Barring the creator of an improbably popular boy-wizard, how many authors in the world today could coax more than a hundred people into a bookstore at midnight on a humid Monday evening for the publication of a new novel? Earlier this month, dozens of people crammed into Elliott Bay Book Company to buy Haruki Murakami's newest novel, Colorless Tsukuru Tazaki and His Years of Pilgrimage, on its day of publication. The mood was downright festive. People participated in a black-and-white costume contest. Some unlucky bookseller spent hours cutting the eyes out of a stack of Murakami head shots and then taping the faces to drinking straws so that partyers could goof around with Murakami masks.
In one corner of the store, Elliott Bay event coordinator Rick Simonson looked through the store's photographs of Murakami's visit to Seattle in November 1997 and reminisced about the first time he heard the author's name in 1989 (Kodansha editor Elmer Luke handed Simonson a copy of Wild Sheep Chase and recommended it as the first English translation from "the Japanese Tom Robbins"). Everyone ate snacks from a generous-but-weird spread (an international hodgepodge that included wasabi peas, black licorice, Hershey's Kisses, Brie, and Finnish crackers) and entered a trivia contest for the chance to win an autographed copy of the book. Few authors demand that kind of adulation around the world; in Japan, Tsukuru sold a million copies in its first week of sales.
As much as his fans love him, a certain reticence is sneaking into discussions about Murakami, even among some of those faithful fans at the midnight sale. It's the kind of friction that's borne out of a growing familiarity between reader and author. Many have accused Murakami's previous novel, 2011's 1Q84, of desperately needing an editor. What was once considered to be his intentional repetition of themes—the missing women, the boring main characters, the loving descriptions of food—now appears, to some, to represent a startling lack of imagination. The strange, dreamlike aura of Murakami's prose appears a little less strange after you've read around nine of his books. People levy these critical barbs at Murakami with an affronted hurt that seems to spring from personal injury, as though they've been betrayed. It's impossible right now to ascertain whether these charges are fair or not—the arc of an author's career isn't fully visible until the author's career is over—but they are increasing in volume and in passion, and they are not going away.
As for me, I think Tsukuru is his best book in more than a decade, since 2001's Sputnik Sweetheart. On the spectrum of Murakami weirdness, it falls much closer to Norwegian Wood's naturalism than the science-fictional surrealism of Hard-Boiled Wonderland and the End of the World. The plot is fairly straightforward: As a boy, Tsukuru Tazaki defined himself through his friendship with four other kids. The five of them shared a special bond, an innate understanding and bone-deep empathy. Then, one day, for no apparent reason, the four other friends completely shut Tsukuru out of their lives.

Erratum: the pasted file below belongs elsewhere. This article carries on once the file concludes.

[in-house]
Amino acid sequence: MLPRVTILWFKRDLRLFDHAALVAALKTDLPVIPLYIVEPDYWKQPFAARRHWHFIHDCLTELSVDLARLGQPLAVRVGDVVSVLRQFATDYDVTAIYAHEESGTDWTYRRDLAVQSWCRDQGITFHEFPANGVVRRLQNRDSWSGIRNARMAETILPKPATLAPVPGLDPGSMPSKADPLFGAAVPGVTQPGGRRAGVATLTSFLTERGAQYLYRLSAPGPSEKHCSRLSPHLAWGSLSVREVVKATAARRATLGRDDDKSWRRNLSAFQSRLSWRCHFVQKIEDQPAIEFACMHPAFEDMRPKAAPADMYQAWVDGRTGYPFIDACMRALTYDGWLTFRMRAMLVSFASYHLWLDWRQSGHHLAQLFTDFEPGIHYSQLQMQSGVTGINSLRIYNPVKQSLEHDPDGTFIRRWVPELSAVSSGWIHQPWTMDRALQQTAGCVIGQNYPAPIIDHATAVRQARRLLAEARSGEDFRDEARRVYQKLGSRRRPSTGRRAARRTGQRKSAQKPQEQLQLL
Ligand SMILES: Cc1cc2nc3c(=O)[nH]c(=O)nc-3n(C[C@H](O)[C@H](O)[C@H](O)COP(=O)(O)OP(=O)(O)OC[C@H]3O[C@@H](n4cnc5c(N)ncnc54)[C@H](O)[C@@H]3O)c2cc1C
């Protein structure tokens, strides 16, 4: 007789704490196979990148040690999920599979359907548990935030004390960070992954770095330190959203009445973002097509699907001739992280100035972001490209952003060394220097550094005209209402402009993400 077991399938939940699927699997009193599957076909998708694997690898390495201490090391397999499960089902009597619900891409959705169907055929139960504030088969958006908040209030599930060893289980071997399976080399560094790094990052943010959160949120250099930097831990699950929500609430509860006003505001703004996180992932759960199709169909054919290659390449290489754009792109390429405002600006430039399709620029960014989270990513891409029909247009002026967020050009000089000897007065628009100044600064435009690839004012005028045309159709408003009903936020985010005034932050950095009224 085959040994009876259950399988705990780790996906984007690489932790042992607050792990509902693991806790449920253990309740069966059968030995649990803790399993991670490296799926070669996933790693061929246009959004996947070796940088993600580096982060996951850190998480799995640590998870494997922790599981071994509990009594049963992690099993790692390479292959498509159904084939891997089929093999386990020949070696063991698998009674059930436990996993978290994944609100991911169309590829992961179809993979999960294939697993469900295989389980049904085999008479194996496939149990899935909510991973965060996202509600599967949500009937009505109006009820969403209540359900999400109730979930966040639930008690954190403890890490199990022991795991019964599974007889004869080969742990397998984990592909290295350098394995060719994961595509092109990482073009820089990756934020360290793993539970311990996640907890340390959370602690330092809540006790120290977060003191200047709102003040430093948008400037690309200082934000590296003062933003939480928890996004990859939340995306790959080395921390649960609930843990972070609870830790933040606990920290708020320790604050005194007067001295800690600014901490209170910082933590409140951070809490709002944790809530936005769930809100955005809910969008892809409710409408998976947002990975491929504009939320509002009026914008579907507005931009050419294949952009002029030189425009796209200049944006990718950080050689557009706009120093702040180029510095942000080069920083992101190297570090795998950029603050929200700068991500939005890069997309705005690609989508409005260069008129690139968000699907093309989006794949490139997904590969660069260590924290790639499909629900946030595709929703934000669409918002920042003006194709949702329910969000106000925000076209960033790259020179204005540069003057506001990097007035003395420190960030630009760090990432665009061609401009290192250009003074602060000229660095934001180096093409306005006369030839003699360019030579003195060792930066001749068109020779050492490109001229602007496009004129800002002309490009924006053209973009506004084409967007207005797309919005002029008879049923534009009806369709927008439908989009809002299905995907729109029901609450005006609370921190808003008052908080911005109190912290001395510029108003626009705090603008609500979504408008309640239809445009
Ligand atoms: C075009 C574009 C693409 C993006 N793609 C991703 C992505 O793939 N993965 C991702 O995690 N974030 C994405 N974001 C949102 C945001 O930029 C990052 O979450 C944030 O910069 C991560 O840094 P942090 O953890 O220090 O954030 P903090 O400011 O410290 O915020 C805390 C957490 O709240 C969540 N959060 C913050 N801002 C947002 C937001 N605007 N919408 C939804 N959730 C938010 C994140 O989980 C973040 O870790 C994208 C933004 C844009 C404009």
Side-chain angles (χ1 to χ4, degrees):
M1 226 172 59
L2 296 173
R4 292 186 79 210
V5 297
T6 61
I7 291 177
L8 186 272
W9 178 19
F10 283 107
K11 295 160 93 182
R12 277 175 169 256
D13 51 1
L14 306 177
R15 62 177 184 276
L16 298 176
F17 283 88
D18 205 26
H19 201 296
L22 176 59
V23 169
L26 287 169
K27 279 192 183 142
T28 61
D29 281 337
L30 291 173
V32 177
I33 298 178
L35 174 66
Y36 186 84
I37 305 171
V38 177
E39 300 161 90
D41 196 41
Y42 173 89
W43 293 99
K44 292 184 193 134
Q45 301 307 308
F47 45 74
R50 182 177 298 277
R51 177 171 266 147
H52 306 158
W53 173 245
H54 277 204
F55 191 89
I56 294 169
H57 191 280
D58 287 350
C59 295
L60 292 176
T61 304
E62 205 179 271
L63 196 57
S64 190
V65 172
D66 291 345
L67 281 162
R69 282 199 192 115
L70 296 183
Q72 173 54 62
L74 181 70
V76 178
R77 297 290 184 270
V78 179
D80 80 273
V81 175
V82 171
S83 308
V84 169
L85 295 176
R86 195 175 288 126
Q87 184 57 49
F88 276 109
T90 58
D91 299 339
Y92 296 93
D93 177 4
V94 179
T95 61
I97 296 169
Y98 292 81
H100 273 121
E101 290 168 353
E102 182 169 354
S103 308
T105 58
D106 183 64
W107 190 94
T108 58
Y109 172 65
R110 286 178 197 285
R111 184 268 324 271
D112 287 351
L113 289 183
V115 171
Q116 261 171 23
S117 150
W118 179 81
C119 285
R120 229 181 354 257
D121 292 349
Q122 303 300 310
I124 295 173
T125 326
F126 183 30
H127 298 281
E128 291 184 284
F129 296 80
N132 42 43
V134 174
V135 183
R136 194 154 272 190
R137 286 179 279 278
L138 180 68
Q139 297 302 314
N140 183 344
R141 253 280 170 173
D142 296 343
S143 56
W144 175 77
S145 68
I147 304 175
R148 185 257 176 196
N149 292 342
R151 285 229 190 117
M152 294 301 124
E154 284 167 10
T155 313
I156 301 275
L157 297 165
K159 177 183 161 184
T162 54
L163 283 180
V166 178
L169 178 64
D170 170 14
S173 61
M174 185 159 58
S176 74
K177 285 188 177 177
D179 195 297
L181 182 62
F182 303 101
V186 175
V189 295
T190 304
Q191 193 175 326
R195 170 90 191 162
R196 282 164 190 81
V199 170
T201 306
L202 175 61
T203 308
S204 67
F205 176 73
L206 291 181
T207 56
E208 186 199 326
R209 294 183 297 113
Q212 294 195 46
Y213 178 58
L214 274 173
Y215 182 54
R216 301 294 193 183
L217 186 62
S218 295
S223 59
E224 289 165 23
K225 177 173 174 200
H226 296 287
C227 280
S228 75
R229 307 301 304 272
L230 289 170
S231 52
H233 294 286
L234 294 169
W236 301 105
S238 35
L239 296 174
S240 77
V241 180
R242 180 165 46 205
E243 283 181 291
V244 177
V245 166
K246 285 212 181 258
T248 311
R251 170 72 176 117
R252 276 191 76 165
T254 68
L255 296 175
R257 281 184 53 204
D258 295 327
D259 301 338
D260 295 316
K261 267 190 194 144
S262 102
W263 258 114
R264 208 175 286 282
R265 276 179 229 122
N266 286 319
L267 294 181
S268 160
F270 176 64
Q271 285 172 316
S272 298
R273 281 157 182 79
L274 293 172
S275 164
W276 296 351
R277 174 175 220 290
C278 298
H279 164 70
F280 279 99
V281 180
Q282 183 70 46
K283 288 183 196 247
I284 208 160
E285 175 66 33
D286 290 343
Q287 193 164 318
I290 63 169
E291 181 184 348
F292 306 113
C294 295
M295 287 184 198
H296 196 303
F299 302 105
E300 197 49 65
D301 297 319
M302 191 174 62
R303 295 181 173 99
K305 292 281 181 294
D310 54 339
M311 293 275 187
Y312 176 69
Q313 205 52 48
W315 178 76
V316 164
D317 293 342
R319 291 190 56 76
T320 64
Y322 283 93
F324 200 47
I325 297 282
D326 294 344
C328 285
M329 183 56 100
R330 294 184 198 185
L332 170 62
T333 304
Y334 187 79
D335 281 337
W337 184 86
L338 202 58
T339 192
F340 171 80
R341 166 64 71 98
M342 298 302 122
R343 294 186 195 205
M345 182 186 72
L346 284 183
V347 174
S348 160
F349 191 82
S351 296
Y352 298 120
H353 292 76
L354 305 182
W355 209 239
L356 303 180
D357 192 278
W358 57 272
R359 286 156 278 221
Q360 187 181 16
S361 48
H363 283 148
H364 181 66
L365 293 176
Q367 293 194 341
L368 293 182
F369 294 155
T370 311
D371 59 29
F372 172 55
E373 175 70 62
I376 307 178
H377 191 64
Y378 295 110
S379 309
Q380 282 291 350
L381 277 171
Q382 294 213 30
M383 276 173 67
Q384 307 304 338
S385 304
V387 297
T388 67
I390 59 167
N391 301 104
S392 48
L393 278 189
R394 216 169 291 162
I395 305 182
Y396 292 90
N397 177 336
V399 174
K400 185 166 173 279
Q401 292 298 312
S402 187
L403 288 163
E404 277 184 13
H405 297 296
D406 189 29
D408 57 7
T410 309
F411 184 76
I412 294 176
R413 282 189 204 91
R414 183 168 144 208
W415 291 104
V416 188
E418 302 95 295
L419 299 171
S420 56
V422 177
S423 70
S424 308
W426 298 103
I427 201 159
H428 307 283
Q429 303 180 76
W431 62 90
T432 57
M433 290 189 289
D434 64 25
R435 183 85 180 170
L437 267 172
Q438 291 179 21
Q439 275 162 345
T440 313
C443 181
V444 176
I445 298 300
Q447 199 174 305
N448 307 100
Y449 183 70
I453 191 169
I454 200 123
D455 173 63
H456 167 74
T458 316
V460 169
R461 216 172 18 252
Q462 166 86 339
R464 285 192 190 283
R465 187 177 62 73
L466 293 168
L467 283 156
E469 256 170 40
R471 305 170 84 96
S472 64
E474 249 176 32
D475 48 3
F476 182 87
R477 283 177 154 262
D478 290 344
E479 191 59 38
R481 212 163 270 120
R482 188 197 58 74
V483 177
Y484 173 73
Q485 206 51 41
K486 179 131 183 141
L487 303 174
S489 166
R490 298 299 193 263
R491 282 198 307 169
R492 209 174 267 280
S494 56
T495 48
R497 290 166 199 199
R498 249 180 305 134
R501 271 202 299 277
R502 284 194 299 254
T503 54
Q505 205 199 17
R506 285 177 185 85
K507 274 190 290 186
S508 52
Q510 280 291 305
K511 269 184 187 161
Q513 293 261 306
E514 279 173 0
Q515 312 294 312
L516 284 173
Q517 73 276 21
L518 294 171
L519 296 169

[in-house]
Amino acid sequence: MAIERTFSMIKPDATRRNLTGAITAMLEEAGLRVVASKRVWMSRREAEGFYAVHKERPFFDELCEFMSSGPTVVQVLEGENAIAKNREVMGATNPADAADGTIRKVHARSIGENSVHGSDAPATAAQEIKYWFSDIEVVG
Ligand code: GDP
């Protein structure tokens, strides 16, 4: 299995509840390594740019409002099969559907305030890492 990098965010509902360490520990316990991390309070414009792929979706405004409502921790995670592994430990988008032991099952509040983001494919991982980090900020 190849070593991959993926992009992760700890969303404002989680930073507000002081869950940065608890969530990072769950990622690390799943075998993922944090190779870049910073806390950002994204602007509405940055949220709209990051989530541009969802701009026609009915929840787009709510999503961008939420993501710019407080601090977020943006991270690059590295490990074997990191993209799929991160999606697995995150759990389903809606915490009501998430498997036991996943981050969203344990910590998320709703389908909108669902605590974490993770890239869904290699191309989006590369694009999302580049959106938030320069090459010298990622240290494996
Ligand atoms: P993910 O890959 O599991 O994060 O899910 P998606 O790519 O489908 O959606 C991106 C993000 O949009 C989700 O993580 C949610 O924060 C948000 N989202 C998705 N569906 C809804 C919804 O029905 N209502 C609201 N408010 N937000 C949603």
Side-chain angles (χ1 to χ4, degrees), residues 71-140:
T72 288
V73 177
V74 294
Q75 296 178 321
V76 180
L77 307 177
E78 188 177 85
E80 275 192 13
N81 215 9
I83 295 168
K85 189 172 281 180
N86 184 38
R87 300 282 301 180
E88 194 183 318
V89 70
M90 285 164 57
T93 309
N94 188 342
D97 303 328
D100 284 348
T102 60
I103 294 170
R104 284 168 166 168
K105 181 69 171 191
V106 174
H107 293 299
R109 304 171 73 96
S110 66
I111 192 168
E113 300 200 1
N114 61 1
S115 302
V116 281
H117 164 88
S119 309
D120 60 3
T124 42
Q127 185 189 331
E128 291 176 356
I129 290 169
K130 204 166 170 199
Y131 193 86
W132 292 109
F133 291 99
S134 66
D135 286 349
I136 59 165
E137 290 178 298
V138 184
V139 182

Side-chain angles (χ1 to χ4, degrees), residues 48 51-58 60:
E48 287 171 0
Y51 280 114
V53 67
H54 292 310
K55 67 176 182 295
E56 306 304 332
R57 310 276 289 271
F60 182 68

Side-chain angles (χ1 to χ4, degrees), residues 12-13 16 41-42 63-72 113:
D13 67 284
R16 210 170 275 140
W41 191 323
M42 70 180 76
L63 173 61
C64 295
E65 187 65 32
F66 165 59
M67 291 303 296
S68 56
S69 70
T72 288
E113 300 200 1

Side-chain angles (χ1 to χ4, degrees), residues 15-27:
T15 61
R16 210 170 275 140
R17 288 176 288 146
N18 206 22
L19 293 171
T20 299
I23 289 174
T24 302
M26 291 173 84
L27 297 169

For Tsukuru, the experience of being ostracized was an unparalleled trauma: "All that remained now was a sort of quiet resignation. A colorless, neutral, empty feeling... His feelings were wrapped in layer upon layer of thin membrane and his heart was still a blank, as he aged, one hour at a time." He lives a characterless life as a designer of train stations until someone convinces him to seek out his old friends and find out why they severed him from their lives.
And here's where the jaded Murakami fans begin to roll their eyes: Oh, God, another protagonist living a life with no friends, no hobbies, and no real interests? Another super-vague mystery to be partially solved by a bland central character? Well, yes. But Murakami clues the reader in to the fact that he's aware this is ground he has traveled before. Tsukuru remembers himself as "decent-looking, though unthreatening and unfocused," but his friends describe him as a handsome and intelligent young man—the exact opposite of a traditional Murakami hero. It's as though Murakami is chastising us for taking his protagonists' blandness for granted through the years. As Tsukuru's quest continues, he displays more and more agency as he reunites with his old friends. The book's central mystery is resolved fairly early into Tsukuru's quest, and while many of Murakami's novels become more ambiguous as they conclude, Tsukuru achieves a fair amount of clarity. It's positively un-Murakamian.
This novel is deeply interested in acknowledging and amending past mistakes, in discovering ways to move forward and to change. There's plenty of the familiar Murakami in Tsukuru, but there's also an indication that his evolution is perhaps not complete. Murakami gestures to a warmth that has never before existed in his spare prose, a suggestion that though it's impossible to reclaim the happiness of the past, there's always the possibility of finding some different kind of happiness tomorrow, if you're willing to reach for it.